Stakeholders management


by Cezar Babeș 

The Importance of Stakeholders  The official definition of a stakeholder is any person, group, or organization that can influence, is influenced by, or believes it is influenced by a decision, activity, or outcome of the project. Thus, the number of stakeholders in a project can be vast. PMBoK provides some useful techniques for managing this variable. From my experience, proper stakeholder management can make the difference between a smoothly progressing project and one that nobody wants to be part of.  Examples of Stakeholders, Depending on the Project Domain: 
  • Construction: Local authorities, communities, investors, architects, contractors. 
  • IT: End-users, development team, IT department, business partners, regulators. 
  • Education: Students, faculty, parents, community partners, government. 
  • Public Health: Patients, health professionals, NGOs, health authorities, pharmaceutical companies. 
How Do We Identify Stakeholders?  There are various ways to identify stakeholders: 
  • Analyzing Existing Documents: If available, the project charter, contracts, and business plans may contain details about stakeholders. 
  • Brainstorming: Structured discussion sessions with team members (who are also stakeholders) help identify other stakeholders. 
  • Consulting Experts: Those with relevant experience in the field or on similar projects may suggest other stakeholders. 
  • Evaluating Previous Projects: Stakeholders involved in previous projects may have an interest or role in other similar projects. 
  • Interviews: Discussions with current stakeholders or various members of the organization can reveal who might have interests related to the project. 
Stakeholder Analysis  Once identified, stakeholders need to be analyzed. This helps us understand their influence, interest, and expectations regarding the project. The most well-known—and widely used—method for stakeholder analysis is using the power/interest matrix. This matrix organizes stakeholders based on their power of influence and interest in the project. These two dimensions facilitate prioritization and efficient direction of efforts. It also helps us use the appropriate type of communication with each group:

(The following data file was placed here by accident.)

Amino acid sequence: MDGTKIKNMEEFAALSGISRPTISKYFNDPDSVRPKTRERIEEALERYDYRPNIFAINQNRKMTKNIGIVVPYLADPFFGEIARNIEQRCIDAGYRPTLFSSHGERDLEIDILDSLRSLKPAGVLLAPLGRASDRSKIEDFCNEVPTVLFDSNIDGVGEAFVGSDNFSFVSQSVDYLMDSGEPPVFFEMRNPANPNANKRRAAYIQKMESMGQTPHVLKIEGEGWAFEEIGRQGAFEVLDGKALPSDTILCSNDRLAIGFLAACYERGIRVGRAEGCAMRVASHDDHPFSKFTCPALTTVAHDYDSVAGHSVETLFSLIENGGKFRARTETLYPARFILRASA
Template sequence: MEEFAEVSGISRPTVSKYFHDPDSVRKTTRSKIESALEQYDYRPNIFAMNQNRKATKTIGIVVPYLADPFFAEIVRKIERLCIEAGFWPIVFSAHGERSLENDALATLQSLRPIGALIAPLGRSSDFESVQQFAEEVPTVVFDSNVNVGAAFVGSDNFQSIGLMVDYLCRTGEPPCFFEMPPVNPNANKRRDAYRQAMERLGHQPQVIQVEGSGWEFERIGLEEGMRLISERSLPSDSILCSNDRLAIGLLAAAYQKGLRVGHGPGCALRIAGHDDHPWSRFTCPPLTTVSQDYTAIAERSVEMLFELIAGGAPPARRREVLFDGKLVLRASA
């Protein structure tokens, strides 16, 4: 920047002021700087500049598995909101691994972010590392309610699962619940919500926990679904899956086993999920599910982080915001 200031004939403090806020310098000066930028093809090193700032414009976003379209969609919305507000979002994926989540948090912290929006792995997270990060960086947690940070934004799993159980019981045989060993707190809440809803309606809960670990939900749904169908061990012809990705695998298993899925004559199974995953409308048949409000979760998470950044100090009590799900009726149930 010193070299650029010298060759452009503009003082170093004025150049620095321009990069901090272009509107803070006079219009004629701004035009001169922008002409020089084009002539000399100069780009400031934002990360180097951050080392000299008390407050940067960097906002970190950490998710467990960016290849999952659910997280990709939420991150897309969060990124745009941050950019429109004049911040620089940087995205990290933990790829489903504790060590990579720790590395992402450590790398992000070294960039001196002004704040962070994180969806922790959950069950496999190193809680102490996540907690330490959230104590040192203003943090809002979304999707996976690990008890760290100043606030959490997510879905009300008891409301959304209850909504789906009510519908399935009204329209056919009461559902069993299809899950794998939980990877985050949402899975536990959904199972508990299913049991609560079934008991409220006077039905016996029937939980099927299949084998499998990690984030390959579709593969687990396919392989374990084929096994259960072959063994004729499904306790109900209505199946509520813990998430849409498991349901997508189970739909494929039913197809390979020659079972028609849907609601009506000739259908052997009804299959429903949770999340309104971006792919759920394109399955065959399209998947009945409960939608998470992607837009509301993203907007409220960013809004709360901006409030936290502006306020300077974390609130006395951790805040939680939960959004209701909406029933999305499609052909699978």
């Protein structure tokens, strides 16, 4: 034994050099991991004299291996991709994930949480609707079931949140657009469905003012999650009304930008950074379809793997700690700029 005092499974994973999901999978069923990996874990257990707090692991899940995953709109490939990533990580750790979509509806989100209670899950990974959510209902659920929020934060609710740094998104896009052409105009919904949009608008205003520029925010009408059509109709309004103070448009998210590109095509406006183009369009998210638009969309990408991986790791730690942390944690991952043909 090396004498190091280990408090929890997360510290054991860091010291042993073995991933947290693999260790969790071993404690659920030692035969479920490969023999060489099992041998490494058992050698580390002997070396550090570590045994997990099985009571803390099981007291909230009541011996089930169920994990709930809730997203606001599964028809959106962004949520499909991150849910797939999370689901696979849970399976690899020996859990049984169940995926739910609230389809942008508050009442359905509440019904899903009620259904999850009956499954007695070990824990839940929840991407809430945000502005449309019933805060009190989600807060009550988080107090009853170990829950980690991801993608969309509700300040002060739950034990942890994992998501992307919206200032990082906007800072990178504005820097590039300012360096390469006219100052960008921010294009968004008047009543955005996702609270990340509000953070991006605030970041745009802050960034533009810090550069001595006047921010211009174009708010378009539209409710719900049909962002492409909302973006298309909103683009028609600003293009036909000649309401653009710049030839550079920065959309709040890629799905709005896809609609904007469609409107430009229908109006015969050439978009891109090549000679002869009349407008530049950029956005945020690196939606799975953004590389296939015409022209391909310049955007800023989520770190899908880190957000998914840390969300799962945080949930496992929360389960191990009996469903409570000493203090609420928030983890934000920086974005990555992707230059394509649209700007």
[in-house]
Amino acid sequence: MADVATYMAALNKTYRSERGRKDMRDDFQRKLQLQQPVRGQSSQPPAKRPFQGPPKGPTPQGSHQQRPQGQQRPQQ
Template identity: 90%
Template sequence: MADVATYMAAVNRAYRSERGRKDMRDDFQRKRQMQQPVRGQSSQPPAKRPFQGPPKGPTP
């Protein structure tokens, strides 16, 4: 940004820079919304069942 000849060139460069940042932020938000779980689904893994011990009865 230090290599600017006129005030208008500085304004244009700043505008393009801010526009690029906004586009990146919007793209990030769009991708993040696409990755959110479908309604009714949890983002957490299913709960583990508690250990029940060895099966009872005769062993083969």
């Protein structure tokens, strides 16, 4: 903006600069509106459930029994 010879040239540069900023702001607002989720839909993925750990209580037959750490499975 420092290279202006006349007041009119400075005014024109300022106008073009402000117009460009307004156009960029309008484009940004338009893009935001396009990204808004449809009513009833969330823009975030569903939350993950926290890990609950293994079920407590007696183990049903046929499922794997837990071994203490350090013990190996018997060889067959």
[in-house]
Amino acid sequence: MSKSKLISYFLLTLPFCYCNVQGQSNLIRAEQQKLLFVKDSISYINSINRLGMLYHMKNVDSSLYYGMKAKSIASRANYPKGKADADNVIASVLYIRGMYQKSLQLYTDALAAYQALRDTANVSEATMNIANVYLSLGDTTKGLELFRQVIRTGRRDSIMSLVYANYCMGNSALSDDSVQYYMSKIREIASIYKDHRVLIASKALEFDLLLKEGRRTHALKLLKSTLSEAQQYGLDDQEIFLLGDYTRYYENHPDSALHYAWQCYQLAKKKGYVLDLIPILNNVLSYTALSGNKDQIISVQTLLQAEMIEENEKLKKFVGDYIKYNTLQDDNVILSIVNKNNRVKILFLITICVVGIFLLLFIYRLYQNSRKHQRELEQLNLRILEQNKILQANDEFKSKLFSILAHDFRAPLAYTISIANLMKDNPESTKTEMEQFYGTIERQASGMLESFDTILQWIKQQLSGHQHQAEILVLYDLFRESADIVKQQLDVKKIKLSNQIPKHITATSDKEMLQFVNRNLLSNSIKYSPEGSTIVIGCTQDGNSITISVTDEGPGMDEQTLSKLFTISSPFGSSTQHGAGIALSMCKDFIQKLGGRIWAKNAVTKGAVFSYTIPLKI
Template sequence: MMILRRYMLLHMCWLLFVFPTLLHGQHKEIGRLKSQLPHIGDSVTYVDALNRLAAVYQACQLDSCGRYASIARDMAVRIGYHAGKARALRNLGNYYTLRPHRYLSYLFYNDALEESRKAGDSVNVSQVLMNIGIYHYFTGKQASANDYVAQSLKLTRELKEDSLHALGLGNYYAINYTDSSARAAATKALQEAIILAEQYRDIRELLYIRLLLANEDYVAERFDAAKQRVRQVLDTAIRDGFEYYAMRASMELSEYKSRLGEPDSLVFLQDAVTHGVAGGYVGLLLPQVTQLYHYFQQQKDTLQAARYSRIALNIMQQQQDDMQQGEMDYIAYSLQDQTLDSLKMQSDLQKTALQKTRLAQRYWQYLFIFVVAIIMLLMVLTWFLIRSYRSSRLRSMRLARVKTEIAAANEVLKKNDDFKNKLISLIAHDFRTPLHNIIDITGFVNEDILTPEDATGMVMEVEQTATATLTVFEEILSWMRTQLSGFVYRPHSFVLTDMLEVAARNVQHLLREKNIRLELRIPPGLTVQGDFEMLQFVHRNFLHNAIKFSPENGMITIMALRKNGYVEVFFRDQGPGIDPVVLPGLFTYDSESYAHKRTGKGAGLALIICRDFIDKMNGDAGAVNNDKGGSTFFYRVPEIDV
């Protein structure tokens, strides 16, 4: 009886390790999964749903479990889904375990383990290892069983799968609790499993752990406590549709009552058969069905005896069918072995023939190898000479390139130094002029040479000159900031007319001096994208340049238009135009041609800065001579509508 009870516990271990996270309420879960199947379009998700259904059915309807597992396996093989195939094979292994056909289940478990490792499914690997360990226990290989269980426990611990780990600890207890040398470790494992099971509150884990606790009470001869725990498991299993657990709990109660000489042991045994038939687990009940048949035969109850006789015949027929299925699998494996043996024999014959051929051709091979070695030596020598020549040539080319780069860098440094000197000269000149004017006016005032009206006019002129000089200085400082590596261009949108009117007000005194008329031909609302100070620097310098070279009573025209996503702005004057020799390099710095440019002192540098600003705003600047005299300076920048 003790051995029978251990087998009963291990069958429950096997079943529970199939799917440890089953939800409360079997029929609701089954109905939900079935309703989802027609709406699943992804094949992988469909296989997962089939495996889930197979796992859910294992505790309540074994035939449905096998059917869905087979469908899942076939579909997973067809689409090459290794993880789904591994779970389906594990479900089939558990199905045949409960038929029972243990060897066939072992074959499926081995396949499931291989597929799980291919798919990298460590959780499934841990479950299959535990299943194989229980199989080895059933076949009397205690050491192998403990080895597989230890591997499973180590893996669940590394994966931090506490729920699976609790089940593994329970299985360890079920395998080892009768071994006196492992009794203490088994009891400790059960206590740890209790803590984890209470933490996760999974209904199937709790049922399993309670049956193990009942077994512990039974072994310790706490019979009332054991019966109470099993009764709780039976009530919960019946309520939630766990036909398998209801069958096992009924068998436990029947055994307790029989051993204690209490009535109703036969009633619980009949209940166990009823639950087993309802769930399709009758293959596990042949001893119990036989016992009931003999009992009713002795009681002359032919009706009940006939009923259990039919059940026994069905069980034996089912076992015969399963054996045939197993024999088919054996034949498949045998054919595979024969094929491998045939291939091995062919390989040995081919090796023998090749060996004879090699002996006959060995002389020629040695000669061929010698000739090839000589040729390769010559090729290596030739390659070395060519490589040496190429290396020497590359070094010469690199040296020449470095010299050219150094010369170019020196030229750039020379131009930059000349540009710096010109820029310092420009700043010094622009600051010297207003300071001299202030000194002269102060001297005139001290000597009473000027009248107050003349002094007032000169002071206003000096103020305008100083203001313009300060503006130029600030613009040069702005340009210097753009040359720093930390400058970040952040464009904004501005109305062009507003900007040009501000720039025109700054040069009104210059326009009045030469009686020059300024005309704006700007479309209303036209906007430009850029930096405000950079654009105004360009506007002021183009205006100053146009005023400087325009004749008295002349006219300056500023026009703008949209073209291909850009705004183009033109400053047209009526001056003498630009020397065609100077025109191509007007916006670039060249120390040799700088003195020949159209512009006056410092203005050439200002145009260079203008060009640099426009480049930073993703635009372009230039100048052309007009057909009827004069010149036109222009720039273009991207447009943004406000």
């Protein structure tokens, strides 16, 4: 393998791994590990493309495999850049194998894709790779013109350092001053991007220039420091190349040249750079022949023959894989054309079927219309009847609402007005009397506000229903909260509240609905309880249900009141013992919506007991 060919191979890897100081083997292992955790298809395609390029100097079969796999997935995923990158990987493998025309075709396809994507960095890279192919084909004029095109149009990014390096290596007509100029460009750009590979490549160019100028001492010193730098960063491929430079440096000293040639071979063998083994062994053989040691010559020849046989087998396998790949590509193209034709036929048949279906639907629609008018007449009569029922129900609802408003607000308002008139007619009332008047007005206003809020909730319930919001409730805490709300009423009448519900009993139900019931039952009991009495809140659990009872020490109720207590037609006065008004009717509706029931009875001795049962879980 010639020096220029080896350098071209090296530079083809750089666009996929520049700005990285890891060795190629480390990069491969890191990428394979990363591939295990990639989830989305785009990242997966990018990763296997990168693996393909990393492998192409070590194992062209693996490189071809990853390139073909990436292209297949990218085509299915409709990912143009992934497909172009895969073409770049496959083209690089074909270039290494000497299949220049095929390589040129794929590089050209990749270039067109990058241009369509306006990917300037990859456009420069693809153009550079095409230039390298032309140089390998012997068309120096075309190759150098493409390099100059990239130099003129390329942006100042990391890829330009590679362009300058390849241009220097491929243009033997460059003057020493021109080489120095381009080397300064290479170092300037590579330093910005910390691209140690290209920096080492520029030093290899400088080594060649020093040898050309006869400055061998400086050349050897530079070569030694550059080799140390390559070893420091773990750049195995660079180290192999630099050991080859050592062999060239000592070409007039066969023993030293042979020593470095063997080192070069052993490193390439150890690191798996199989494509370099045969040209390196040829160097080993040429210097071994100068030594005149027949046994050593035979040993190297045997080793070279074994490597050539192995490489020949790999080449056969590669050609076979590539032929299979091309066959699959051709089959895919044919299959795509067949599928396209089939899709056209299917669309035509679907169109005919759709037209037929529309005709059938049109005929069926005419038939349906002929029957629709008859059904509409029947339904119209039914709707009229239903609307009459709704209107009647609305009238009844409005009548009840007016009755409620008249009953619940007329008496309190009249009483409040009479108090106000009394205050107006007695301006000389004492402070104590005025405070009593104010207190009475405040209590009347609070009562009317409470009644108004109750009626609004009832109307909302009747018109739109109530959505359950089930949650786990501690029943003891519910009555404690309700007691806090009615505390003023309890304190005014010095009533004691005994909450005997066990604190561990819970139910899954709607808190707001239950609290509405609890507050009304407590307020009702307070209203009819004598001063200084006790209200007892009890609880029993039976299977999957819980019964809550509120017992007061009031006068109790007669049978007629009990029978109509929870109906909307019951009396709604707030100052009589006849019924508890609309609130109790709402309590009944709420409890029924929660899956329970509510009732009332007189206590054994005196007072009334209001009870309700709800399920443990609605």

• Low power and interest stakeholders: Low effort; keep them informed with short and to-the-point messages. 
  • High interest but low power stakeholders: Medium effort; they can positively influence public perception and team morale as they represent the “gallery” of the project team. It is essential to maintain fluid communication with them and involve them as much as resources allow. 
  • High power but low interest stakeholders: High effort; these pose a threat to the project. Communication needs to be strategized to keep them satisfied and not give them reasons to use their power against the project. 
  • High power and interest stakeholders: High effort; these are the pillars and champions of the project. It is necessary to collaborate closely with them. 
Another important aspect of stakeholder management is continuous monitoring of their level of awareness, needs, and classification. This helps avoid situations where a stakeholder with low interest and influence unknowingly transforms into one with low interest and high influence.  Collaborating with Stakeholders  To collaborate efficiently with stakeholders, we need an adapted collaboration plan based on influence and interest. This plan could include: 
  • Defining Collaboration Objectives: Clarifying expectations from each stakeholder, whether it is informing, consulting, or active collaboration. 
  • Communication Methods: Selecting appropriate communication channels, from face-to-face meetings for those with high influence to emails or newsletters for those with low influence. 
  • Interaction Schedule: Establishing optimal times for communication, adapting frequency throughout the project. 
  • Feedback Loops: Implementing and responding to feedback mechanisms to refine the collaboration strategy. 
  • Monitoring and Adjustment: Periodically evaluating and adapting the collaboration plan based on feedback and changes in project dynamics. 
Typical Situations and Their Resolution  In general, many projects face similar issues when it comes to collaborating with stakeholders. Below are some examples and potential solutions: 
  • Lack of Engagement: Interactive information sessions and subsequent individual conversations can increase stakeholder engagement. 
  • Conflicts of Interest Among Stakeholders: Mediation and negotiation of project issues are necessary to resolve conflicts. Changes resulting from this process must be adequately recorded. The project manager must always remain neutral and facilitate the process. 
  • Skepticism Towards Results: A demonstration of partial project results (quick wins) or outcomes from other similar projects can provide concrete evidence of benefits, reducing skepticism. 
  • Change in Stakeholders: People change in projects, even significant ones, such as sponsors. It is important for project managers to ensure that knowledge transfer has occurred to ensure a smooth change, maintaining alignment of project objectives with new stakeholders. 
Stakeholder management, though considered an art as complex as it is important for project management, tends to evolve in efficiency with the experience of each project manager.